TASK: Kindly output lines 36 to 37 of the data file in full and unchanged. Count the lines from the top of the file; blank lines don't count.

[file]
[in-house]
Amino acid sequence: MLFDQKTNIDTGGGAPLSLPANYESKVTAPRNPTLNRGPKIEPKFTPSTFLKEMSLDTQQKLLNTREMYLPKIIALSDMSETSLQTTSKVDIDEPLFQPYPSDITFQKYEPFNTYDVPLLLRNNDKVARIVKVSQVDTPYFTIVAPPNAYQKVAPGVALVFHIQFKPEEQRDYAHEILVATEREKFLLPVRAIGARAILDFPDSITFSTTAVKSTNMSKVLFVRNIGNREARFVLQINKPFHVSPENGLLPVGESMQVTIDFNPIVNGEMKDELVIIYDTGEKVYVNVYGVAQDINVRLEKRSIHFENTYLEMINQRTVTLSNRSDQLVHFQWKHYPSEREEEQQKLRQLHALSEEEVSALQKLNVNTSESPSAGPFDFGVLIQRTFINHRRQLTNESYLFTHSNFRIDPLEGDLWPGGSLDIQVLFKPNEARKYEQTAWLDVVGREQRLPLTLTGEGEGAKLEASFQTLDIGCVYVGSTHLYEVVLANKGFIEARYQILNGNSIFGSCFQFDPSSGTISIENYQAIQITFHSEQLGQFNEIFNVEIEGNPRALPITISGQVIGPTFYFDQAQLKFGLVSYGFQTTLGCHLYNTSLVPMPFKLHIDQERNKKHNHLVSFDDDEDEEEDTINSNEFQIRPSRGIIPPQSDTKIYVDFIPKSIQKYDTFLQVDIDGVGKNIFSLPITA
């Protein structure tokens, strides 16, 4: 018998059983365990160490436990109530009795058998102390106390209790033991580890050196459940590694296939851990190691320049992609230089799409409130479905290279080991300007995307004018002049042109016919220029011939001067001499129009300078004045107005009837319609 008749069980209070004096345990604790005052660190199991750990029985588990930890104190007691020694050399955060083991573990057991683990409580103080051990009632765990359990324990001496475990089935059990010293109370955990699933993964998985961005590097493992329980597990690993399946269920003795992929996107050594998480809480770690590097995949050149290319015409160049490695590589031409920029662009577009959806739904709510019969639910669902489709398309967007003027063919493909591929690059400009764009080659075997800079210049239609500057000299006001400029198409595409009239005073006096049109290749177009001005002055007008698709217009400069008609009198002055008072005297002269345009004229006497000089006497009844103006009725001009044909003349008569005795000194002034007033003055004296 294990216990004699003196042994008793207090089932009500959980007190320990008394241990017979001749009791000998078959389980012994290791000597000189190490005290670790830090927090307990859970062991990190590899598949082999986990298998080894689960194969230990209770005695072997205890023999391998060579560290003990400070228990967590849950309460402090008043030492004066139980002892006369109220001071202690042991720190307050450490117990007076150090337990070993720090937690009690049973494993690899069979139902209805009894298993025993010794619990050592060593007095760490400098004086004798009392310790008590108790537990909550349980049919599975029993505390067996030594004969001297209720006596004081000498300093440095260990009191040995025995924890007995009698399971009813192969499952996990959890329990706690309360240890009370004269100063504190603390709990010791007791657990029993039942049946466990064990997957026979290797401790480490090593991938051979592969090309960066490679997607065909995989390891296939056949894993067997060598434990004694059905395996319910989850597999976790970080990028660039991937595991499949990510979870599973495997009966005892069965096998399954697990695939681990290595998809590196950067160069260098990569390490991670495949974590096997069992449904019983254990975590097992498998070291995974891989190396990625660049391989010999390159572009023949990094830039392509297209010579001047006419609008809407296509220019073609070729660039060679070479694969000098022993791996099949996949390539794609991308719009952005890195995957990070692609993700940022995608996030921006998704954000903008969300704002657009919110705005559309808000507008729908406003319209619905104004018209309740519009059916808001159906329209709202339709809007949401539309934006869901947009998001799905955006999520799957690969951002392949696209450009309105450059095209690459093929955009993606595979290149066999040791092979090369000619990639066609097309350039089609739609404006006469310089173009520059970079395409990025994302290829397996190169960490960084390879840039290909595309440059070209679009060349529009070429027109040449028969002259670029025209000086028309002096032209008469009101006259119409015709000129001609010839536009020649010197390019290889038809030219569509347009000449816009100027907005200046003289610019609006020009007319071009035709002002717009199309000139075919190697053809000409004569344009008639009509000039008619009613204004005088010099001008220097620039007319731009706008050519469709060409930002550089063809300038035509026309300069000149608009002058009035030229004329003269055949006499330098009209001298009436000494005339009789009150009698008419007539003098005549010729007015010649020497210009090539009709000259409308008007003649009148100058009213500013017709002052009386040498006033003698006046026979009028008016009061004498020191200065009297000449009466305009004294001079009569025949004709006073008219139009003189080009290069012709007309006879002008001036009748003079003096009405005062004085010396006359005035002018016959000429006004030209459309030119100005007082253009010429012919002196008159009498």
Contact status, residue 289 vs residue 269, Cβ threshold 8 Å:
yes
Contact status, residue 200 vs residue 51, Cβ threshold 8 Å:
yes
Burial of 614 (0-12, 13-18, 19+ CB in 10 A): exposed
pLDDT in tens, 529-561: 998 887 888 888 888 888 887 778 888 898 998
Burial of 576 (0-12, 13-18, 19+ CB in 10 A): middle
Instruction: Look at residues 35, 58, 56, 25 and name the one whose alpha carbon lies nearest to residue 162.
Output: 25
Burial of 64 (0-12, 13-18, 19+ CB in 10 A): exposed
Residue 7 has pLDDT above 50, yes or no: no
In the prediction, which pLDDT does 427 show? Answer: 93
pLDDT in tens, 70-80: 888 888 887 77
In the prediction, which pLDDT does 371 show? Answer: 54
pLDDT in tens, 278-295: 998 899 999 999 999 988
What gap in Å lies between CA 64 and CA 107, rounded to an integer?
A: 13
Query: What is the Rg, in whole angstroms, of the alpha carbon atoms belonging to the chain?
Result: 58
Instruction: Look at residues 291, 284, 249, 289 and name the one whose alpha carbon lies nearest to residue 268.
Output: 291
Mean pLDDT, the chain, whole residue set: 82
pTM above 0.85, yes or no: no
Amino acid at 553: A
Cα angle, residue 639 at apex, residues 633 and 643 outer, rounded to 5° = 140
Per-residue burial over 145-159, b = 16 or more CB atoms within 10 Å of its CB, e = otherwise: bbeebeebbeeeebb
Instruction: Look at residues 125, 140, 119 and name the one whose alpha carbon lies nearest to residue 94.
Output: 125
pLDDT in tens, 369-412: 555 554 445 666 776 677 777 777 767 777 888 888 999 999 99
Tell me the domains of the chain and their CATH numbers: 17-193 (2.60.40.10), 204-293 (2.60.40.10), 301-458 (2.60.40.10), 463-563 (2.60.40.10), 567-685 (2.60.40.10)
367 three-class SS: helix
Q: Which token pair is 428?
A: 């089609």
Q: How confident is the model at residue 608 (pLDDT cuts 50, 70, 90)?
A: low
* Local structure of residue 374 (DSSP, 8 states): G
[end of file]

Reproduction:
A: 């089609």
Q: How confident is the model at residue 608 (pLDDT cuts 50, 70, 90)?